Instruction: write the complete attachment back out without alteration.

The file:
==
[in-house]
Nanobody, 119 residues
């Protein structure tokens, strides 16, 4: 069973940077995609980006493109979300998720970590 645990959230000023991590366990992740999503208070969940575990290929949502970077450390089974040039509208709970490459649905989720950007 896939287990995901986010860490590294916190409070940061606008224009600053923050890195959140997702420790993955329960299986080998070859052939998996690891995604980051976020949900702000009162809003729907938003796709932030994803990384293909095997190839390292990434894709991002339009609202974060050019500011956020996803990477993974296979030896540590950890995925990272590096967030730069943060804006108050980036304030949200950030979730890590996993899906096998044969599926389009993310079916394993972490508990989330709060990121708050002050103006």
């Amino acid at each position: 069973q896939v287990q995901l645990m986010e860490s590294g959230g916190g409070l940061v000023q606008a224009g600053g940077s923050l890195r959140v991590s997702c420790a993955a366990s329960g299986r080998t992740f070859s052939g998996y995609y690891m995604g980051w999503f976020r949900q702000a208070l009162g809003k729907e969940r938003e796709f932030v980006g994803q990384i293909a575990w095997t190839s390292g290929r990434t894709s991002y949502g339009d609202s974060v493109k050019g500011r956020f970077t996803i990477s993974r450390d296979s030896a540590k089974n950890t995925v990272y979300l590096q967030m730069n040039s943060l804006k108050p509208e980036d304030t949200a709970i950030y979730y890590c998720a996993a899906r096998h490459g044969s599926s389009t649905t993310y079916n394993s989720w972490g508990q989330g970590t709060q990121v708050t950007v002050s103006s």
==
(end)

[in-house]
Nanobody, 119 residues
């Protein structure tokens, strides 16, 4: 069973940077995609980006493109979300998720970590 645990959230000023991590366990992740999503208070969940575990290929949502970077450390089974040039509208709970490459649905989720950007 896939287990995901986010860490590294916190409070940061606008224009600053923050890195959140997702420790993955329960299986080998070859052939998996690891995604980051976020949900702000009162809003729907938003796709932030994803990384293909095997190839390292990434894709991002339009609202974060050019500011956020996803990477993974296979030896540590950890995925990272590096967030730069943060804006108050980036304030949200950030979730890590996993899906096998044969599926389009993310079916394993972490508990989330709060990121708050002050103006």
């Amino acid at each position: 069973q896939v287990q995901l645990m986010e860490s590294g959230g916190g409070l940061v000023q606008a224009g600053g940077s923050l890195r959140v991590s997702c420790a993955a366990s329960g299986r080998t992740f070859s052939g998996y995609y690891m995604g980051w999503f976020r949900q702000a208070l009162g809003k729907e969940r938003e796709f932030v980006g994803q990384i293909a575990w095997t190839s390292g290929r990434t894709s991002y949502g339009d609202s974060v493109k050019g500011r956020f970077t996803i990477s993974r450390d296979s030896a540590k089974n950890t995925v990272y979300l590096q967030m730069n040039s943060l804006k108050p509208e980036d304030t949200a709970i950030y979730y890590c998720a996993a899906r096998h490459g044969s599926s389009t649905t993310y079916n394993s989720w972490g508990q989330g970590t709060q990121v708050t950007v002050s103006s």